The Rainbow Aunties: Because I had a banging state now. Hey, I was banging baby, 

The Jennifer Experience: Listen

Listen, you and me are here, I already know. To this day, if I step out this door the wrong way, they'll be lined up.

Y'all the best. So you got these two beautiful black women so people are pursuing us and here we are trying to be as normal as we can to society, but also knowing that I'm not going to mess with him. I'm not going to do nothing and have this relationship. So it was like a wow. Yeah. It was like a wild ride. Yeah. It really was. So if you had it to do over, what would you do different? In terms of because I hear you expressing the shame that you felt in the guilt in terms of the children and see a lot of people in relationships. I've had this with clients. They stay in relationships for children. They make a lot of decisions based on what they think is the best for their children. And then we find out years later that either it didn't matter to the children. It affected the children in a positive way or it affected the children in a negative way or. You know, it really wasn't a factor. It really wasn't about the children. So maybe you wouldn't change anything. I'm asking you, if you had it to do differently, would you do anything differently?

The Rainbow Aunties: The one thing I would do different is, I would find a way to have our relationship remain secret without feeling that I had to pile a lot of lies on top of my personal life. To colleagues and organizations. I was a part of and parents of the children. I did not have to go to the extreme of trying to sell myself. I could have just been me but I say that now and I don't know how easy that would have been or could have been.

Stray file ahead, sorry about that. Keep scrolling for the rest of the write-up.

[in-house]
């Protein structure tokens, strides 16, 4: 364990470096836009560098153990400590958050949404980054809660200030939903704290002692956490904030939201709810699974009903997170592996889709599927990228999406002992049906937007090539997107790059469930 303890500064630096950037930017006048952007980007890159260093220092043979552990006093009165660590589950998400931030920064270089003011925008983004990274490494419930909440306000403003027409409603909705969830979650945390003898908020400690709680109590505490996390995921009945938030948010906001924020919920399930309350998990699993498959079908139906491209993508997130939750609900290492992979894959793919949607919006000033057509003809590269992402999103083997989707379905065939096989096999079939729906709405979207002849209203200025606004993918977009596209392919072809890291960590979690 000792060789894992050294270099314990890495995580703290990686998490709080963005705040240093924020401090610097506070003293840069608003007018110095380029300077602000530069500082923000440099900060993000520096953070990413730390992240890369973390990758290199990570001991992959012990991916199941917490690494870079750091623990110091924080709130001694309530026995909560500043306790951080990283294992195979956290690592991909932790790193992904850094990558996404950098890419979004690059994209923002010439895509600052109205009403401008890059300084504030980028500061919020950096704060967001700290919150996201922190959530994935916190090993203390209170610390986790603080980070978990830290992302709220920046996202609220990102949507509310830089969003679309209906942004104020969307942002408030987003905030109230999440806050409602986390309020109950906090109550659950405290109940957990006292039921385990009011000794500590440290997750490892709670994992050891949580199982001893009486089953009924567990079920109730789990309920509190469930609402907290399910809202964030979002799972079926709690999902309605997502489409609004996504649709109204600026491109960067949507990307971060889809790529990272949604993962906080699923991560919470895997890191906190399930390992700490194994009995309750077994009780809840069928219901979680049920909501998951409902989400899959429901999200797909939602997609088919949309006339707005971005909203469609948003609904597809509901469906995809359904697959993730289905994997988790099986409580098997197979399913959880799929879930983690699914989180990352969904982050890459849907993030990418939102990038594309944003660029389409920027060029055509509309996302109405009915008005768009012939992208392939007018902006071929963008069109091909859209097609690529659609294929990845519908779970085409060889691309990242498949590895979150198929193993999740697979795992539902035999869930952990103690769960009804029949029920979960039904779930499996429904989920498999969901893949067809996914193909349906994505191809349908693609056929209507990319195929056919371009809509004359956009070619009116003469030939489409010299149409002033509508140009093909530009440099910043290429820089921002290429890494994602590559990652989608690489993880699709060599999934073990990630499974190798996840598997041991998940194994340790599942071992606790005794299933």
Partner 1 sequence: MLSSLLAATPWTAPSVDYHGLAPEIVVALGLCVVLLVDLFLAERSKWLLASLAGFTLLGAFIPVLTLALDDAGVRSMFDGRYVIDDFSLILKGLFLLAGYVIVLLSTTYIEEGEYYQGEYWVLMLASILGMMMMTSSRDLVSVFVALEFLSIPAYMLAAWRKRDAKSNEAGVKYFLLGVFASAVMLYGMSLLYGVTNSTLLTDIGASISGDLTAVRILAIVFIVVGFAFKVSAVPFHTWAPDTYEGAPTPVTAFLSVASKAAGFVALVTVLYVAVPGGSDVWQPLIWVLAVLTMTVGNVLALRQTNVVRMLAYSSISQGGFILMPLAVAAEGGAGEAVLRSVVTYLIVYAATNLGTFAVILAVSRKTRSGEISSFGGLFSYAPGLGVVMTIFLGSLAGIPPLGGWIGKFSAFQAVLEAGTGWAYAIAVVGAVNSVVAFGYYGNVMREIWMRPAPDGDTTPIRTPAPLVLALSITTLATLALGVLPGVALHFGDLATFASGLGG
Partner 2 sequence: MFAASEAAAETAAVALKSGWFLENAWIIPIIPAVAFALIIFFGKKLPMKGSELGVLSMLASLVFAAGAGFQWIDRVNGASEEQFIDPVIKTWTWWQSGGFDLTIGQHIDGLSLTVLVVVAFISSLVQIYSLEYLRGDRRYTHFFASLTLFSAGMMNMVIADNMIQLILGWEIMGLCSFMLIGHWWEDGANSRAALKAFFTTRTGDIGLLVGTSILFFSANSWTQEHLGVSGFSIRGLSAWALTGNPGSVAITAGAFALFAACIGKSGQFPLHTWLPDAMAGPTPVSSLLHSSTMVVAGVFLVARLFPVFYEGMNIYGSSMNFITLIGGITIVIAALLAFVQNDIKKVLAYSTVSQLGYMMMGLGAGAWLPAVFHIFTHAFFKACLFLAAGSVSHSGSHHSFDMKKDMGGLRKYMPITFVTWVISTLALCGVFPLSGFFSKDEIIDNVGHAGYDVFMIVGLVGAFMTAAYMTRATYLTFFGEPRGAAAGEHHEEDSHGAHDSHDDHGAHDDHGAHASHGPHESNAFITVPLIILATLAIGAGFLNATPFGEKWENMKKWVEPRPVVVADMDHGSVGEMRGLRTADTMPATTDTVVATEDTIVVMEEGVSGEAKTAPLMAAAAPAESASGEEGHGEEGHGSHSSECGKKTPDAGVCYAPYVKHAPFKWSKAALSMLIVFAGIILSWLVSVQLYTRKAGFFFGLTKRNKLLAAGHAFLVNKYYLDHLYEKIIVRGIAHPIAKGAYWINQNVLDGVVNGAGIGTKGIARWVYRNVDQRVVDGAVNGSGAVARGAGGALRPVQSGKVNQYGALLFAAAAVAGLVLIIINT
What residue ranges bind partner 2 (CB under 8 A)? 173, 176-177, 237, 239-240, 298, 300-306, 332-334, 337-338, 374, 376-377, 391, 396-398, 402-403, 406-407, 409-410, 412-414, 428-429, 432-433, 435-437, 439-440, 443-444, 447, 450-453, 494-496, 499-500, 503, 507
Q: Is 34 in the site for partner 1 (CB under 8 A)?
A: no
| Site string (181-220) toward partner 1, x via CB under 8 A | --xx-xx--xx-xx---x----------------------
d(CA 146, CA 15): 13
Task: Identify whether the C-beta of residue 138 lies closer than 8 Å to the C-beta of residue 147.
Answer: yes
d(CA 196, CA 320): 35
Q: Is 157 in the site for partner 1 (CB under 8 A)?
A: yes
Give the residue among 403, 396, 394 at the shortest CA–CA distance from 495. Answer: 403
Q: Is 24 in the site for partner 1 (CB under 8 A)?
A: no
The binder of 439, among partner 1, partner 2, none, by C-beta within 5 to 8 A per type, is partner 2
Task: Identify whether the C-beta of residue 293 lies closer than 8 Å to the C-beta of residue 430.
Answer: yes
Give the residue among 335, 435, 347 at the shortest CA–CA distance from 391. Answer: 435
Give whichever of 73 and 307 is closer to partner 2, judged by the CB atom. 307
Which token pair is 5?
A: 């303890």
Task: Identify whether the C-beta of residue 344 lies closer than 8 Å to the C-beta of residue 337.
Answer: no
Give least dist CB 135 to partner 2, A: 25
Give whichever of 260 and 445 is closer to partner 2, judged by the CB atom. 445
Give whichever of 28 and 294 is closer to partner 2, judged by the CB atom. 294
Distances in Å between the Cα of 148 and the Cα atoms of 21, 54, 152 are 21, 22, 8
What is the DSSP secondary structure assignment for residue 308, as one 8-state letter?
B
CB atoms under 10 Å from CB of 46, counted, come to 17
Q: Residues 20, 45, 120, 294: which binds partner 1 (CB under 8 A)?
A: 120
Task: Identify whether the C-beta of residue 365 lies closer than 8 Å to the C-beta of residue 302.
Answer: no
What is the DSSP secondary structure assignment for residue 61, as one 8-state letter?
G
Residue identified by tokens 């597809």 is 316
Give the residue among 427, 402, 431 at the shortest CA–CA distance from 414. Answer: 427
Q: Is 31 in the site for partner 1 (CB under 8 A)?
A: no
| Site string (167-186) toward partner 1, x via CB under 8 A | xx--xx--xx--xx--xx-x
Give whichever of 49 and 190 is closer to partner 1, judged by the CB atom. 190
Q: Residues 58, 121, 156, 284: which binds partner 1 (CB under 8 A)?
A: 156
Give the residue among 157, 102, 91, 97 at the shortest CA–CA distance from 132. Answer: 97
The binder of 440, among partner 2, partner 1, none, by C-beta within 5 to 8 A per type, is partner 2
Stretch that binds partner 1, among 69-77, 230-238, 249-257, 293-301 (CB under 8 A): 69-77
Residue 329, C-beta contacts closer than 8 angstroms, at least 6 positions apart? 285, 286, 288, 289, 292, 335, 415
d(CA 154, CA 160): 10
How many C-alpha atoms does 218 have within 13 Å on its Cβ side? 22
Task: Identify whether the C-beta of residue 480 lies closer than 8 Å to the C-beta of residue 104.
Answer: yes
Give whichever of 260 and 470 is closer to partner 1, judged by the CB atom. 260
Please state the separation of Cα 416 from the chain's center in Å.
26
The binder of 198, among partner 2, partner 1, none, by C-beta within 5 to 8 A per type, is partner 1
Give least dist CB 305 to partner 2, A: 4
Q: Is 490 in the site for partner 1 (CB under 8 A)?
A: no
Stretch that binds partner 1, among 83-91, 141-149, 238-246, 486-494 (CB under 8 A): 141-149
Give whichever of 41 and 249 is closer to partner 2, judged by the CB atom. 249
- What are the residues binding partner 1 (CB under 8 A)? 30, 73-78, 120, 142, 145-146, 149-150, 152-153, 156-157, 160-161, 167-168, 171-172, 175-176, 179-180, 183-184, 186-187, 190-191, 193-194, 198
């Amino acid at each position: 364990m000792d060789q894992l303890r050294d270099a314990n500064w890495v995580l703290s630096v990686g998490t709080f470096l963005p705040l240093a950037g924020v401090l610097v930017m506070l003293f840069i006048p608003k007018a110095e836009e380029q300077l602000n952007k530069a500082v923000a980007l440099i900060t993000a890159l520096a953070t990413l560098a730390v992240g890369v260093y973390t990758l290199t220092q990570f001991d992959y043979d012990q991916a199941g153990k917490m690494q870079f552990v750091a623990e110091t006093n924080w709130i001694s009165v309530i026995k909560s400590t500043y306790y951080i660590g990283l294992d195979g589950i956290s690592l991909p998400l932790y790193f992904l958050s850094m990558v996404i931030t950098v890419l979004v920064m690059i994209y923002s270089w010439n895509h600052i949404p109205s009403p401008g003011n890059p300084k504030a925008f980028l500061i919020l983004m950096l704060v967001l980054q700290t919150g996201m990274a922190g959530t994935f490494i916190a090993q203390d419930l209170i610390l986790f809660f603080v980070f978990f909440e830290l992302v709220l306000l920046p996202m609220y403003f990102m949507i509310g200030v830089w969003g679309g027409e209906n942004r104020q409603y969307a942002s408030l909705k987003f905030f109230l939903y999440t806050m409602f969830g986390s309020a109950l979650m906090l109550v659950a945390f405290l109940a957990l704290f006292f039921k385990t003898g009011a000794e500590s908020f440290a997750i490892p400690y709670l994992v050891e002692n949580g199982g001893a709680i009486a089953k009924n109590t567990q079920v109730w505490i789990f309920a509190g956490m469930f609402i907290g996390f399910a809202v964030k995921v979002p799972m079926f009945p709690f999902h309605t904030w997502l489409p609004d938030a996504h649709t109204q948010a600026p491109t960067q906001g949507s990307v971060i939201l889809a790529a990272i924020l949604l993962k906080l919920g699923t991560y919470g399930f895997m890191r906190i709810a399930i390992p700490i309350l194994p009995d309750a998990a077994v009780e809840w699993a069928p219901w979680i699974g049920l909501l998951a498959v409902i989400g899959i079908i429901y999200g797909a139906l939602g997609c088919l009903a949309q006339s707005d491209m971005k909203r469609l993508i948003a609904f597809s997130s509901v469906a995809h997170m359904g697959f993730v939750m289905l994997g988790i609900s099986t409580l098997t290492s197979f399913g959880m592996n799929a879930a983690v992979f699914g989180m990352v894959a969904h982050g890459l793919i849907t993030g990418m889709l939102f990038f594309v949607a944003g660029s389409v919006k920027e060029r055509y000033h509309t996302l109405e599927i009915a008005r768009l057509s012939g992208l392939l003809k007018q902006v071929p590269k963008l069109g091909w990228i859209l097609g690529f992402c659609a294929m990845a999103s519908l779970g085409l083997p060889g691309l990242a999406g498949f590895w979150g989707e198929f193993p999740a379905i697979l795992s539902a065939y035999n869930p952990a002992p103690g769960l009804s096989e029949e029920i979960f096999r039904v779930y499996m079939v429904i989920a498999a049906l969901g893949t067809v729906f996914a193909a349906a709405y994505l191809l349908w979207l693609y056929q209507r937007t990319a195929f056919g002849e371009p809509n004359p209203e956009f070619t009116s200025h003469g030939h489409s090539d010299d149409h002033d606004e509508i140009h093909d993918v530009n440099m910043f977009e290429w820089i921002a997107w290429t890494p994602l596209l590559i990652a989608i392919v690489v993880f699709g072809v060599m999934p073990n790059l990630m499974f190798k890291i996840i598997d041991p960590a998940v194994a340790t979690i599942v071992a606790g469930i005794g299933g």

Everybody always assumed that I was a lesbian and I'm okay with that. Yeah, so I was the lesbian sister to everybody else because I always had my hair short. I was always athletic, 

The Jennifer Experience: How about when it came to the children, how long did y'all wait to, because I've had people say things to me, everything from, is my son gonna turn out normal because I'm gay. That foolishness to when did I tell him to all the kinds of doubt I could tell you my son is 17. He's never seen me with a man. So I didn't have to tell him. You know, you've never seen me with a man, so I didn't have to tell him. So for everybody who's asked me, I stopped asking me that because he's never seen me with a man, but I didn't have to tell him, however, I did explain to him, what it means to love a woman and what type of relationship his mother chooses to be in. Okay. And I'm saying the word choose for me not to offend anyone. I'm just saying that the relationship that's best for his mother and why I'm in it. Okay. Cause I think when he was like, maybe six. He got into a little argument at school because somebody said, your mom is gay and he didn't know that that's what it was called. And so he answered, no, my mommy isn't. And when he got home, he told me and I said, well, Ramsey, yes your mommy is. And he was like, Oh, you know, cause he didn't know.